feels like an important record: the compositions make big impressions, the playing is intense, and the sound is joyous. On this live set, we are listening to David Braid's regular sextet, which has been together since 2001 and was recently heard on Vivid
(2004). That album, together with Mnemosyne's March
(2006), another live album with Braid and Mike Murley, and Zhen
, paints a picture of Braid as a player and composer who is growing astonishingly quickly.
The part writing is both intricate and wide open, allowing plenty of room for the soloists. The effects that Braid gets out of this sextet are always surprising, yet they have an appropriateness that aids forward movement through the story the piece is telling. The scaffolding that has been composed allows the music to be played for the audience, rather than at it.
I have always experienced the Canadian scene as creating accessible, rhythmic, melodic yet deep music that is also very welcoming and open, inviting the listener to get inside. Braid is particularly good at this in both his composing and playing.
Much of the album is tinged with the sounds of the East, as epitomized by scales that expose different intervals than we are used to hearing. The most dramatic, and, because of its placement right after the opening blues, the most shocking, is "Lydian Sky." This melody is one of the most beautiful Braid has ever written, while at the same time exposing the function of the augmented fourth (as opposed to the flatted fifth of bebop). This music caresses the ear as it tickles the mind. While this review is not the best place for a discussion of George Russell's Lydian Chromatic Concept of Tonal Organization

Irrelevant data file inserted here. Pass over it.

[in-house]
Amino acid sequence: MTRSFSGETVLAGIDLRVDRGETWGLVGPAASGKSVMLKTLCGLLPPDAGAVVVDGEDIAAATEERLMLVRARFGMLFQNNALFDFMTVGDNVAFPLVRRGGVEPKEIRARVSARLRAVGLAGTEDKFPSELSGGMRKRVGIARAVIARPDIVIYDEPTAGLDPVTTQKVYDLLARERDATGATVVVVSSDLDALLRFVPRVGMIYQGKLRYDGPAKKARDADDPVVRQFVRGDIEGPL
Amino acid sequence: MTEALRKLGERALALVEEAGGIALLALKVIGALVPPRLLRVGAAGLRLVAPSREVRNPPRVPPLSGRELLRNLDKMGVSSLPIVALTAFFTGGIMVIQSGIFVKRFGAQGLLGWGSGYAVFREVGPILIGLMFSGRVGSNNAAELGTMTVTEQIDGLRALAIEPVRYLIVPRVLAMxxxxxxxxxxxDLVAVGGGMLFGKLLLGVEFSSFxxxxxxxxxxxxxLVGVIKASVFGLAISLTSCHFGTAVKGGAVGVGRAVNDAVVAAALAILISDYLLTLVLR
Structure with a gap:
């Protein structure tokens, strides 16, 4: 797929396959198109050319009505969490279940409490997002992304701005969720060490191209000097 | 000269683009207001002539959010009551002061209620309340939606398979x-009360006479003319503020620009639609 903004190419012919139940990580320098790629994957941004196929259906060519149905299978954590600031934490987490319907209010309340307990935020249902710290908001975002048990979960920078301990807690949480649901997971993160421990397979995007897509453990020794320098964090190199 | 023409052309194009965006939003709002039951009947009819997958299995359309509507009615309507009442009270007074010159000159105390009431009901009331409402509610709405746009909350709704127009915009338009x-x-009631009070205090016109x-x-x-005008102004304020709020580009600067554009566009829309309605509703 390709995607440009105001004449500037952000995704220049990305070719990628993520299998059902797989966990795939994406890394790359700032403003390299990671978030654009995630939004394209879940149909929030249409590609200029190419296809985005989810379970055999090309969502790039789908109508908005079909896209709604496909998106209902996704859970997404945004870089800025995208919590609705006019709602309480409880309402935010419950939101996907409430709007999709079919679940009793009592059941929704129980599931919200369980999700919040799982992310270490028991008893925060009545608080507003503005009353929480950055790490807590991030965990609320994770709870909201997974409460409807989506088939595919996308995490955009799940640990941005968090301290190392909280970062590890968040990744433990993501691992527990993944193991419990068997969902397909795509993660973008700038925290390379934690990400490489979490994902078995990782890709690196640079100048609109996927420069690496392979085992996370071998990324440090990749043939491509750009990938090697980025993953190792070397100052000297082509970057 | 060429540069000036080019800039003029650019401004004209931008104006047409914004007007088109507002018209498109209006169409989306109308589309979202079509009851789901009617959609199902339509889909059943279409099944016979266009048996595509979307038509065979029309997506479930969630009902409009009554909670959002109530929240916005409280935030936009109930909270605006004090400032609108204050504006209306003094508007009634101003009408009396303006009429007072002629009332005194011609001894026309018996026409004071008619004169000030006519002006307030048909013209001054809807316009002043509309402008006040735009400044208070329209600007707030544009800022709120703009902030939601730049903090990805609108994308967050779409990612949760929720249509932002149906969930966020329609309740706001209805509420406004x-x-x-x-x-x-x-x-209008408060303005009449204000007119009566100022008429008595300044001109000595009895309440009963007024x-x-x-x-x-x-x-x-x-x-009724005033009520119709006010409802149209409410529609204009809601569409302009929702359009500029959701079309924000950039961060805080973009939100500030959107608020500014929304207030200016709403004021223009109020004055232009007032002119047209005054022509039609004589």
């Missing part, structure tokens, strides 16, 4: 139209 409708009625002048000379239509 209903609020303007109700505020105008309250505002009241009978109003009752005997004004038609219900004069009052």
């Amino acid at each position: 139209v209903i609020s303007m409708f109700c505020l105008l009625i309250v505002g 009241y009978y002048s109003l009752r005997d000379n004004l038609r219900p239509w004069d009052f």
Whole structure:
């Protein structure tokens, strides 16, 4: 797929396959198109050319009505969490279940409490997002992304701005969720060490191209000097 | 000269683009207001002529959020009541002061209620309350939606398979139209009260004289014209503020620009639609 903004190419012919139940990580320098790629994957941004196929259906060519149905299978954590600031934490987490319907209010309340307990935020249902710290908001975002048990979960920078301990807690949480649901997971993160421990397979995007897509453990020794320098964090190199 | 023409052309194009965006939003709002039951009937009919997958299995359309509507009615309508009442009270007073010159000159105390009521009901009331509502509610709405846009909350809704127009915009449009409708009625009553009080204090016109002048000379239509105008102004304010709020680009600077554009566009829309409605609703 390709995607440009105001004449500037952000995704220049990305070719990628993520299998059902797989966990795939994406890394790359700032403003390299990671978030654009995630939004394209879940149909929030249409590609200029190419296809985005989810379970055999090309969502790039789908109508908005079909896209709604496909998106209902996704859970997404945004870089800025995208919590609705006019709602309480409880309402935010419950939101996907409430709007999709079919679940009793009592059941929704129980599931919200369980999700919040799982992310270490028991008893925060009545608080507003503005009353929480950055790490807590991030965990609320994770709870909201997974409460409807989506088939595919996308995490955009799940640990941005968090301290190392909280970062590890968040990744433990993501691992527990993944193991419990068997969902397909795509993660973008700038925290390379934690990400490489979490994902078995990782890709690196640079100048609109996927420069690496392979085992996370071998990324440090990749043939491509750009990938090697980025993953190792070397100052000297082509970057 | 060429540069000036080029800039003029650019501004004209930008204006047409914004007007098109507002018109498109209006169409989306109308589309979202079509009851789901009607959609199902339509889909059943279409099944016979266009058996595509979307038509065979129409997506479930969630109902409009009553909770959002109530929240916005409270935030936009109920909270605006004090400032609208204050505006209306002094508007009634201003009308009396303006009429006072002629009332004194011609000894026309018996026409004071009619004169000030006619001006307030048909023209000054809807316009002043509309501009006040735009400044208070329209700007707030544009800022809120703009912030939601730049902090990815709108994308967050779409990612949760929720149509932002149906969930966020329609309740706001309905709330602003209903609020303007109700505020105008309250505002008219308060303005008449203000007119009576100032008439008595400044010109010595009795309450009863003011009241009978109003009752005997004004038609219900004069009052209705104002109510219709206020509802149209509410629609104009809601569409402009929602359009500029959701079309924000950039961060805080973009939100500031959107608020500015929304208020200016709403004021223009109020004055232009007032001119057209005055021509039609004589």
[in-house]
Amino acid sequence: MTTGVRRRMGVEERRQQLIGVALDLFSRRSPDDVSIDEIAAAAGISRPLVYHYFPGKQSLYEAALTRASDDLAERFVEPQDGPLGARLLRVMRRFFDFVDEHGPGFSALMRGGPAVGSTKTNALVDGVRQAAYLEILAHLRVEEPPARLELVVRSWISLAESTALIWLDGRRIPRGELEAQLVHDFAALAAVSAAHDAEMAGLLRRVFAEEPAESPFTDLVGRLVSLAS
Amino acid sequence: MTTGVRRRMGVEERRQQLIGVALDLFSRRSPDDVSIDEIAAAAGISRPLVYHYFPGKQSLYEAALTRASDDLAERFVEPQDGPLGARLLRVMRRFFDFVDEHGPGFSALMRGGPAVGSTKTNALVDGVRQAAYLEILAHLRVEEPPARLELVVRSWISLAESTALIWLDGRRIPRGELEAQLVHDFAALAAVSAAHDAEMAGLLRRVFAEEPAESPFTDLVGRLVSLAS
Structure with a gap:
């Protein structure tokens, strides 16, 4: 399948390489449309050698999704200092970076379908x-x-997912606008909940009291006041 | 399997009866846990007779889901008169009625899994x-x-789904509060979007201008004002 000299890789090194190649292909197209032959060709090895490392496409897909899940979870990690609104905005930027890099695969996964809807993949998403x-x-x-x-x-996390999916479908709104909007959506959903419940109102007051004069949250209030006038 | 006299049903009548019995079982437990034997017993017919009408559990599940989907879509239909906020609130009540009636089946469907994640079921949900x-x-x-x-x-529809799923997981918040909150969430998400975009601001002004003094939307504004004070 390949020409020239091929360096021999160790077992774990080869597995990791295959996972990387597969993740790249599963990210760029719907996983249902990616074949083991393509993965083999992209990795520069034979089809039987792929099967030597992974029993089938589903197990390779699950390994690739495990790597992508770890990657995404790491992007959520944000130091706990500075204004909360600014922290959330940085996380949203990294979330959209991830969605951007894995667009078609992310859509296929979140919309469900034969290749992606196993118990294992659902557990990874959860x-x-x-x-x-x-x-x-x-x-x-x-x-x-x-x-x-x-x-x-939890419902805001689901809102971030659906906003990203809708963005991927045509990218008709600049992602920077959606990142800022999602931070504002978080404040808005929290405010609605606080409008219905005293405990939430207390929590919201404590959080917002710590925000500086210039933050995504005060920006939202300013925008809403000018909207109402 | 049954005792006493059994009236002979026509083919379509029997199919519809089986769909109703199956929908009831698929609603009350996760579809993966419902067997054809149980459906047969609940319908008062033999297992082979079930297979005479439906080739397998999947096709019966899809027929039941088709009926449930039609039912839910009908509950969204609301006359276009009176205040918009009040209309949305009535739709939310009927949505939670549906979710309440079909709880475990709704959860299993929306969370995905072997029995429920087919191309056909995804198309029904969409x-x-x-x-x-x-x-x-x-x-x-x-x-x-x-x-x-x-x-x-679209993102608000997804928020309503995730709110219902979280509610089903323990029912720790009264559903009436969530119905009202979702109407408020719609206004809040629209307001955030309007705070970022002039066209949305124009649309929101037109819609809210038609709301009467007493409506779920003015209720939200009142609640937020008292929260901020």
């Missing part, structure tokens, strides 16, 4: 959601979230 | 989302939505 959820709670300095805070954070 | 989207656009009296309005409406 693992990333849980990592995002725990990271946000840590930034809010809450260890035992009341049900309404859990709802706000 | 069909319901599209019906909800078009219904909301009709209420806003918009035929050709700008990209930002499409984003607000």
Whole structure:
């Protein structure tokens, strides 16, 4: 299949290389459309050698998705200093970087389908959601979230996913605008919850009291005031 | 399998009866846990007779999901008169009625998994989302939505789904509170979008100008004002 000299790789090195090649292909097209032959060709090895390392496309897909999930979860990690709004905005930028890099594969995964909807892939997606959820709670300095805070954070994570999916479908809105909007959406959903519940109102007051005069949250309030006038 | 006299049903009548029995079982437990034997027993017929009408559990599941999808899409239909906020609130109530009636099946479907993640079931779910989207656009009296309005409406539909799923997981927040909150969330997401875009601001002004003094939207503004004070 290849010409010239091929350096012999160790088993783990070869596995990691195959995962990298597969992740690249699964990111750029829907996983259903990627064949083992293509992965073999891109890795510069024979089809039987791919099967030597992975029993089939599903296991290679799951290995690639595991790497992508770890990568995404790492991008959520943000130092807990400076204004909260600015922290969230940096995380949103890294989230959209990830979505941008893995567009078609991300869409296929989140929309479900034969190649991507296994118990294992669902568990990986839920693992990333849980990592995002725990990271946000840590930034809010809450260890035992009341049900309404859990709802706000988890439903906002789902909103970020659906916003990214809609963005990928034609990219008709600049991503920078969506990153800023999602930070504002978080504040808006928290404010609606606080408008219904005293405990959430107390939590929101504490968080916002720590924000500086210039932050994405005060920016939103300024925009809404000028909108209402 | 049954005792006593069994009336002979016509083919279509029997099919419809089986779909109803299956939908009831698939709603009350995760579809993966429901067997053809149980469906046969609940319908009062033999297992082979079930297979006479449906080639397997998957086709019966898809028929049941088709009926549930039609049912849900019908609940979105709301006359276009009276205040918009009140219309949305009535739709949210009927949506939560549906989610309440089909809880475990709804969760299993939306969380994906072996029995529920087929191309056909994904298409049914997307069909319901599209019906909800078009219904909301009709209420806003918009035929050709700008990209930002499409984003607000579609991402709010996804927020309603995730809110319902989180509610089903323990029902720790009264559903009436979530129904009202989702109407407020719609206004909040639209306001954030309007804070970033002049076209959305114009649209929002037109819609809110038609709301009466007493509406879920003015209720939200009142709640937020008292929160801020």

, this piece captures what I hear as the core meaning of the theory.
After bass and piano establish the tonal center, Murley enters with a sultry soprano sax sound and plays a melody that starts with and repeats the augmented fourth, as if daring us to hear it as wrong. It just hangs there untethered until the harmony shifts underneath it as if being forced to resolve by the power of this note. The music then begins to unfold and grow, with gorgeous part writing behind Murley's solo. The pause for breath in the middle with a partial, normal-sounding cadence only reiterates that the strange sounds are really perfectly normal in the right context. This piece shows the mastery of instrumental forces and control of harmony that Braid now evinces.
The set ends with a version of Coltrane's "Giant Steps" that is so fetchingly different in both harmony and feel as to make one question the original, while tying together the harmonic concepts that "Lydian Sky" introduced with a familiar piece.
This band's longevity and cohesiveness allow Braid to develop knowing that he has a vehicle to play his musicoutstanding, superb musiceffortlessly.
Fishers of Men; Lydian Sky; Temptress; Dance of the Zinfadels; Andalusia; Sai Kung; Giant Steps.
David Braid: piano; Gene Smith: trombone; John McLeod: flugelhorn, cornet; Mike Murley: tenor and soprano saxophones; Steve Wallace: bass; Terry Clarke: drums.